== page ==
McDermott Wins AP, Oscar Robertson, Wooden Awards; Would've Jumped to NBA a Year Ago if Not for Creighton's Move to Big East | Zagsblog
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Adam Zagoria covers basketball at all levels. He is the author of two books and an award-winning journalist whose articles have appeared in ESPN The Magazine, SLAM, Sheridan Hoops, Sports Illustrated, Basketball Times and in newspapers nationwide.
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Tuesday / September 27.
  • McDermott Wins AP, Oscar Robertson, Wooden Awards; Would’ve Jumped to NBA a Year Ago if Not for Creighton’s Move to Big East

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    McBuckets 2ARLINGTON, Texas — Doug McDermott won The Associated Press, Oscar Robertson and John R. Wooden National Player of the Year awards this week.

    That comes as absolutely no surprise given the dominant campaign the 6-foot-8 Creighton senior put up this year. He led the nation in scoring (26.7 ppg.) and points (934) while also ranking second in field goals made (330) and ninth in three-point percentage (.449).

    What may come as a surprise to some is the news that Dougie McBuckets would’ve jumped to the NBA a year ago had Creighton not shifted leagues to the Big East from the Missouri Valley.

    “I think I would’ve [gone to the NBA],” McDermott told SNY.tv here Thursday. “The thing that was appealing to me about my senior year was the change, going to different cities, playing in different arenas, playing in front of different fans, it’s just great exposure.”

    A year ago, McDermott was projected as a second-round pick after Creighton lost to Duke in the NCAA Tournament.

    He thought long and hard about his decision, but ultimately decided to come back for his senior season.

    And by doing so, he not only climbed up the all-time college scoring list, eventually finishing fifth all-time in scoring with 3,150 career points. But he helped transition Creighton — a school in Nebraska — into the new-look Big East, enabling it to make a national recruiting footprint along the way.

    “It was a huge factor, just playing on the East Coast,” he said of his motivation to come back. “You know, much different exposure around the media. Just getting Creighton’s name out there. I feel like people realized how great a team we were and how well we played together and it really helped get my name out there, too.”

    It also helped his father, Creighton coach Greg McDermott, who can now go into living rooms across American knowing everyone knows who he and his program are.

    Now we may never see a lottery pick score 3,000 points again simply because most lottery picks are one- or two-and done.

    “Had we not moved to the Big East we might not have seen it this year,” Greg said. “That certainly factored into his decision. He might have came out, but the draw of playing those programs in those cities and the Big East Tournament in Madison Square Garden, for a 21-year-old kid that’s pretty special stuff.’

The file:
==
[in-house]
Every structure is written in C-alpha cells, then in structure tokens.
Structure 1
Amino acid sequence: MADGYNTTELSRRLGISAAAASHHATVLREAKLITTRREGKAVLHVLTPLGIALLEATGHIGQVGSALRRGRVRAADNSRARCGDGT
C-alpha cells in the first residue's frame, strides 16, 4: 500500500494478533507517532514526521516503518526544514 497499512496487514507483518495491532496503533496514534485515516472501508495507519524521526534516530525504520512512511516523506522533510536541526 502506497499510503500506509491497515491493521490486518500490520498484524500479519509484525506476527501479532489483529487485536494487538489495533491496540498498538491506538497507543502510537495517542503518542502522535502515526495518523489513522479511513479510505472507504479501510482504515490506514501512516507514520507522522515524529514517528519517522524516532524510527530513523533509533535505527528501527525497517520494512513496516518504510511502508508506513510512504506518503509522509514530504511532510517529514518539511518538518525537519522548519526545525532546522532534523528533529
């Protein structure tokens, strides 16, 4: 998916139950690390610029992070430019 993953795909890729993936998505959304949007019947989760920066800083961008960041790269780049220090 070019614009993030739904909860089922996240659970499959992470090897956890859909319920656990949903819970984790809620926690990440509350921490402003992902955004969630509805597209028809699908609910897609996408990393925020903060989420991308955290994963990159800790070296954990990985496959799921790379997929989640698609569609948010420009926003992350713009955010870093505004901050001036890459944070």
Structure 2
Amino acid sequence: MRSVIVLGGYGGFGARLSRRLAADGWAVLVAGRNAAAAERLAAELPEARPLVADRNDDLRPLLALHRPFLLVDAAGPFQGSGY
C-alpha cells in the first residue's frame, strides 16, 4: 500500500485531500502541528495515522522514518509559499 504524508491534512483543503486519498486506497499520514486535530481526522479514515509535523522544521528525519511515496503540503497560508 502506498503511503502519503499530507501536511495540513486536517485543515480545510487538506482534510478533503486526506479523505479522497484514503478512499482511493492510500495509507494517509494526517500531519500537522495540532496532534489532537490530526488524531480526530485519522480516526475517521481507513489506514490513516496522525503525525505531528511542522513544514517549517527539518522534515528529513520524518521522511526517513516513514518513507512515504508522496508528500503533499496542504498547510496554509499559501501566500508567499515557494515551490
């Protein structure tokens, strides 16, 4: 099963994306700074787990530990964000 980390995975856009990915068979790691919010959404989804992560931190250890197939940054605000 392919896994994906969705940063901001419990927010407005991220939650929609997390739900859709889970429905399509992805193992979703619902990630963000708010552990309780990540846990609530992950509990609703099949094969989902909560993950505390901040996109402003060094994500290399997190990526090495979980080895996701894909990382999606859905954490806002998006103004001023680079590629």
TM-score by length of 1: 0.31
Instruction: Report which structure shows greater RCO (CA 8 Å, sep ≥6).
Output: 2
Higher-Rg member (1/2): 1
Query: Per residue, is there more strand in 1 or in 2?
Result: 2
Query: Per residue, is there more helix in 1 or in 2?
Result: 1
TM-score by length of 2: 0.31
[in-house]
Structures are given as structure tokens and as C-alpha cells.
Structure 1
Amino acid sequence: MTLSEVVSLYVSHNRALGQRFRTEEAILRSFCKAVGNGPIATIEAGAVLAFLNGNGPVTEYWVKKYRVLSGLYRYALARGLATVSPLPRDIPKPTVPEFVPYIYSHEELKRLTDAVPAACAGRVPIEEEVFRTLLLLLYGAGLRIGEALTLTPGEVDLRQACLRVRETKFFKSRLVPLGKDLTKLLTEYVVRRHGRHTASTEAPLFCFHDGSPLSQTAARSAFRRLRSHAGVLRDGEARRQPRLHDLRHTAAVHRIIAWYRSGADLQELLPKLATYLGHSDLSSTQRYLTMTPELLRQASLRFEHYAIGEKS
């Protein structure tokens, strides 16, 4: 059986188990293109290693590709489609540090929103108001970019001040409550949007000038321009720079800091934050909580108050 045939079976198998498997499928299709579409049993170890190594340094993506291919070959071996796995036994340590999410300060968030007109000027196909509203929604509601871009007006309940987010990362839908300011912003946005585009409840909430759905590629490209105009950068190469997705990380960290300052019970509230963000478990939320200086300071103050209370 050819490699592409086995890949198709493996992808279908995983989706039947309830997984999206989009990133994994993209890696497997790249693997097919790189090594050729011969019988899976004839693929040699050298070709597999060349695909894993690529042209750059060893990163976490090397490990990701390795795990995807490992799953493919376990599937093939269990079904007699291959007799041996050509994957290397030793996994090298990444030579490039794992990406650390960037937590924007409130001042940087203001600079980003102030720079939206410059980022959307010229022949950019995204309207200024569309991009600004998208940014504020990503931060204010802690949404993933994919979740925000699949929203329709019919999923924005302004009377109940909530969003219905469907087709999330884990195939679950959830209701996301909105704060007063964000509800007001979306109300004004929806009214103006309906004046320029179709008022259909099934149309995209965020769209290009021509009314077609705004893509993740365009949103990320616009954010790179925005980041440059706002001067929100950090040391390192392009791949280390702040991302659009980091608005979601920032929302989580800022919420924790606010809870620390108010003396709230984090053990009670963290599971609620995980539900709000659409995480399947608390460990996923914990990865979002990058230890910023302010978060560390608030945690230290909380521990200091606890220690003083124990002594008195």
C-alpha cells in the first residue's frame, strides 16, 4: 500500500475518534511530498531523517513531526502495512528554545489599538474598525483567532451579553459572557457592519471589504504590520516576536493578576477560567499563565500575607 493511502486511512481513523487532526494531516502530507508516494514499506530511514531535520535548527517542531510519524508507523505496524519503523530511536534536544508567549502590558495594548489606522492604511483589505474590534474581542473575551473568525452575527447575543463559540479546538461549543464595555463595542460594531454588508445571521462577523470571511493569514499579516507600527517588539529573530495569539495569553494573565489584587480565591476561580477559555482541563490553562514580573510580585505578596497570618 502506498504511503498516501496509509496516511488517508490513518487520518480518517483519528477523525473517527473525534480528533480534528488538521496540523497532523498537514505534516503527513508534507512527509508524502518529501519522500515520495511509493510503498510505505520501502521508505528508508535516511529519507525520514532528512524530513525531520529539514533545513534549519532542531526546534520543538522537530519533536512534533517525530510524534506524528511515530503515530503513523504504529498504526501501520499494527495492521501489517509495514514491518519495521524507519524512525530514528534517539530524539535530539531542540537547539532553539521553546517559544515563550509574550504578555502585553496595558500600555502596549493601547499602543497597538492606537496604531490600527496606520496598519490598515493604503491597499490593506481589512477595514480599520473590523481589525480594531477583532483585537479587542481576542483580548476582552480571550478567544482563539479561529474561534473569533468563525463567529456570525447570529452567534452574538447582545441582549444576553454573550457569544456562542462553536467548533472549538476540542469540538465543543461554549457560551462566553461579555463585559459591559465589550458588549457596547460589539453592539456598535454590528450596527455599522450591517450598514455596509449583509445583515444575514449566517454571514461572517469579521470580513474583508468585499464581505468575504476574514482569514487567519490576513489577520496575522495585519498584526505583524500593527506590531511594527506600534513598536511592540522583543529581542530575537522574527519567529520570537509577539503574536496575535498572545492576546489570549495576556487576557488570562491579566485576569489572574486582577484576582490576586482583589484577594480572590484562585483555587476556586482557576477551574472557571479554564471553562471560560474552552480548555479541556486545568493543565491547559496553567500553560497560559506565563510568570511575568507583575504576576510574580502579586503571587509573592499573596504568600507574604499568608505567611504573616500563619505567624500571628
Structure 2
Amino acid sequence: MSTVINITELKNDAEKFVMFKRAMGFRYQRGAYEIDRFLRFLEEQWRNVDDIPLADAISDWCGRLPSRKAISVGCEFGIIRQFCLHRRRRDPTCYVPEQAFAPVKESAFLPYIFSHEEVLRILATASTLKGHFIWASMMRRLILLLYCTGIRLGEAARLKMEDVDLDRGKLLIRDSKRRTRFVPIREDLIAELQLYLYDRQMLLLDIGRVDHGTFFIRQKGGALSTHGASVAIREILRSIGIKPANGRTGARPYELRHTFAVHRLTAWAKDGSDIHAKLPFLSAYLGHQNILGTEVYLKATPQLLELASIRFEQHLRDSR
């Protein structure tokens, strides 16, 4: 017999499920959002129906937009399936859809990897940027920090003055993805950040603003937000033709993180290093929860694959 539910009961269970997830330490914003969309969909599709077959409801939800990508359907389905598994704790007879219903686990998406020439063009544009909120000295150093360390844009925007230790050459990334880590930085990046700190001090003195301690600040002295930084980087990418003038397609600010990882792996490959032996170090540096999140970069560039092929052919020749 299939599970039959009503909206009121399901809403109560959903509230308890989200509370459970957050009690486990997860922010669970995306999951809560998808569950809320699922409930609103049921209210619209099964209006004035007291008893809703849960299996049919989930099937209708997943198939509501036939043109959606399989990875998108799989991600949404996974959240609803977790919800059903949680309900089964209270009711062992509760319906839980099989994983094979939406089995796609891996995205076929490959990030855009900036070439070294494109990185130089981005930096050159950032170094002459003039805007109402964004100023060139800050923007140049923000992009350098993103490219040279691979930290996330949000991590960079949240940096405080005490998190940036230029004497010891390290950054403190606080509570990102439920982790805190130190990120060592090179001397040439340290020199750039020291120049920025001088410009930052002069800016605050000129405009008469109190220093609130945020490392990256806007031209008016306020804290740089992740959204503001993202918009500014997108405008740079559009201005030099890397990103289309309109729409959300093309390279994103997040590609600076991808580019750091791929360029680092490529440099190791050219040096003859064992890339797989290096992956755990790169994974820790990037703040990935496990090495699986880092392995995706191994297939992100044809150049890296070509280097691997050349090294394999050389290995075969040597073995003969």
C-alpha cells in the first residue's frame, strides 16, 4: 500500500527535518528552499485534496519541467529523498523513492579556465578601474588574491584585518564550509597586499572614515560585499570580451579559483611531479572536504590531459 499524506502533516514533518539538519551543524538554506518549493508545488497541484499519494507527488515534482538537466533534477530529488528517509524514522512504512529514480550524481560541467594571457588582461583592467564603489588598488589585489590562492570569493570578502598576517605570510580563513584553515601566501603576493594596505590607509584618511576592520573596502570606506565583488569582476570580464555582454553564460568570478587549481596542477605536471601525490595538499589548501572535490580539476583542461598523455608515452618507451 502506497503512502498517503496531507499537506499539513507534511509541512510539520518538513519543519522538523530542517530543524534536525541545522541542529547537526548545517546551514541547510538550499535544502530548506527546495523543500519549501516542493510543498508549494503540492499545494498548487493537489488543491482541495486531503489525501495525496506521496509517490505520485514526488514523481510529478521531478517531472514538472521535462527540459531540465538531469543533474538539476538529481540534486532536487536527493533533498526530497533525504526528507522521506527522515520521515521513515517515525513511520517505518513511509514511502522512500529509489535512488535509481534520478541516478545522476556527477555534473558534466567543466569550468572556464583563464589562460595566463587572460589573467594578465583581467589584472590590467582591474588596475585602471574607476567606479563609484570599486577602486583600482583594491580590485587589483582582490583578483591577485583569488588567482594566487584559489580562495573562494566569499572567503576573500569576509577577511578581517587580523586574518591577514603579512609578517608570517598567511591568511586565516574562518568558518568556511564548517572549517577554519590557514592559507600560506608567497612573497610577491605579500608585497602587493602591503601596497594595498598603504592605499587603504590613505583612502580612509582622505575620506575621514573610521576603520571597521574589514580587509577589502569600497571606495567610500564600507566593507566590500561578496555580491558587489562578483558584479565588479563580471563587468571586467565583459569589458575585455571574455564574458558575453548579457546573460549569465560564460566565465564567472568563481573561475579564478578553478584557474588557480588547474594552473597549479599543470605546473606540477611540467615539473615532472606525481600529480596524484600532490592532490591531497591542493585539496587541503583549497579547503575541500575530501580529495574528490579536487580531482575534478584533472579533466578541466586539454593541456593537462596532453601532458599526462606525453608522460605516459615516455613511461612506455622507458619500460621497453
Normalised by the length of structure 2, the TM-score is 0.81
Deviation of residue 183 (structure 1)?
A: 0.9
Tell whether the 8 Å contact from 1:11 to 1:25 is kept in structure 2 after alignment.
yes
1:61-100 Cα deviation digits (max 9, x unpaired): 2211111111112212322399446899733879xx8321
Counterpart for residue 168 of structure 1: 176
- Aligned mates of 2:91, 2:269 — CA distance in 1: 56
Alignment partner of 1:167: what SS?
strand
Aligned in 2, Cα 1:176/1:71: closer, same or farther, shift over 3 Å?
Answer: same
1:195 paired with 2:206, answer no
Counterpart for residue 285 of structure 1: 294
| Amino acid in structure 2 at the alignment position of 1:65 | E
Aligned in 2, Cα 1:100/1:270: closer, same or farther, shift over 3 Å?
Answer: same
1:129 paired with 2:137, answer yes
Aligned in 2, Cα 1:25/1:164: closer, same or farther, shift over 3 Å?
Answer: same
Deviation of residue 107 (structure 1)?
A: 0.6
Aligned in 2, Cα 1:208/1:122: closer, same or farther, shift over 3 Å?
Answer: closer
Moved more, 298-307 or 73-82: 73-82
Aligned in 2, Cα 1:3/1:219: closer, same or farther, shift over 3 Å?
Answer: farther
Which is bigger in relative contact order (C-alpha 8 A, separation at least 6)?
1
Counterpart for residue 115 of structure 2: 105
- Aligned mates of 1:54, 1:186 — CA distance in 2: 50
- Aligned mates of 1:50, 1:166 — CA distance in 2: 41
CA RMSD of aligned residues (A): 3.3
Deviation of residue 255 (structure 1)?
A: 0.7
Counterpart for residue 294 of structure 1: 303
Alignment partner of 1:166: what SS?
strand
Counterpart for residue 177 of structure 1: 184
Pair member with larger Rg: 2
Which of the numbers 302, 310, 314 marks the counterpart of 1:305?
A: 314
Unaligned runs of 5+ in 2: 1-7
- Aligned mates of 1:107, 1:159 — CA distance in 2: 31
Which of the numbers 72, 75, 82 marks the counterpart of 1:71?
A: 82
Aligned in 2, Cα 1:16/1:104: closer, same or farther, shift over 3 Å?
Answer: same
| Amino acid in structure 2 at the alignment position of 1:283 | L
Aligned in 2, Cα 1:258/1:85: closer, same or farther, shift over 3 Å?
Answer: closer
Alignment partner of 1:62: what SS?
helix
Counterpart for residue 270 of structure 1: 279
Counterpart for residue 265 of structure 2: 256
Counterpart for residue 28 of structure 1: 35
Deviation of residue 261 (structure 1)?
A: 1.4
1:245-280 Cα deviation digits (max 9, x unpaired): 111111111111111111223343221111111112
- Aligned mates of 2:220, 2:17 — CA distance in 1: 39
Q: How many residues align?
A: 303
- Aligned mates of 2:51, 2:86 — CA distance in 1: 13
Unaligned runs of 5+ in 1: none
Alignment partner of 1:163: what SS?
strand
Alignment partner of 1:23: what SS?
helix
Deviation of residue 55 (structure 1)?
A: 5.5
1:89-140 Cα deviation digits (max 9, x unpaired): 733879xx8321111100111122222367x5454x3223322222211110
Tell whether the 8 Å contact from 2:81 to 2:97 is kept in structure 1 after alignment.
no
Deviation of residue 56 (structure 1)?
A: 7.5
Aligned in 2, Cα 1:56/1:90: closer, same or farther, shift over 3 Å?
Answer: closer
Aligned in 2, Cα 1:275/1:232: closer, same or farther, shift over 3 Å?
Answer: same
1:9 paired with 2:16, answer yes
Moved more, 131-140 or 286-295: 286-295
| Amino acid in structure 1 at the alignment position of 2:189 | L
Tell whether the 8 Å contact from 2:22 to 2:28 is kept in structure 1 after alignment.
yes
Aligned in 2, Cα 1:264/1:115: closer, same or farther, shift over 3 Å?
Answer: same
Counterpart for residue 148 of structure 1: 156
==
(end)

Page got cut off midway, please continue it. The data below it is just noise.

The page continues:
Going forward, Doug is repped by agent Mark Bartelstein and is projected as a late-lottery pick.

    He’s heard the comparisons to everyone from Larry Bird to Kyle Korver and offered this analysis.

    “You can’t compare anyone to Larry Bird, it’s just not fair,” Doug said. “I definitely do some things in my game that I try and do after him, but it’s not even close to the level he did it at. Kyle Korver, that’s a great one. He’s made a living in the NBA sooting 3’s and coming off screens. I would love that comparison just because he’s a guy I really look up to being a Creighton guy.”

    Doug also said that he’s anxious “to prove a lot of people wrong on the defensive end” in the NBA.

    ‘I feel I’m a much better defender than most people give me credit for,” he said. “I had to stay out of foul trouble at Creighton so I kind of had to hide it a little.”

    Added his father:  “My personal feeling is whatever organization he ends up [with], if they focus on what he can do instead of what he can’t they’re going to have themselves a heck of a player. And I’ve got a feeling that there’s a lot of us that he made look foolish at the college level that didn’t think he was good enough coming out of high school. And I have a feeling he’ll do the same in the NBA.

    “The guy can put the ball in the basket, I don’t care who he’s playing against. The fact that he can shoot the 3, he’s improved so much off the dribble and his intermediate game and he can take someone his size down to the block and score on the block, there just aren’t many players that can score in all parts of the game.”



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    Adam Zagoria is a Basketball Insider who covers basketball at all levels. A contributor to The New York Times and SportsNet New York (SNY), he is also the author of two books and is an award-winning journalist and filmmaker. His articles have appeared in ESPN The Magazine, SLAM, Sheridan Hoops, Basketball Times and in newspapers nationwide. He also won an Emmy award for his work on the SNY mini-documentary on Syracuse guard Tyus Battle. A veteran Ultimate Frisbee player, he has competed in numerous National and World Championships and, perhaps more importantly, his teams won the Westchester Summer League (WSL) championships in 2011 and 2013. He lives in Manhattan with his wife and children.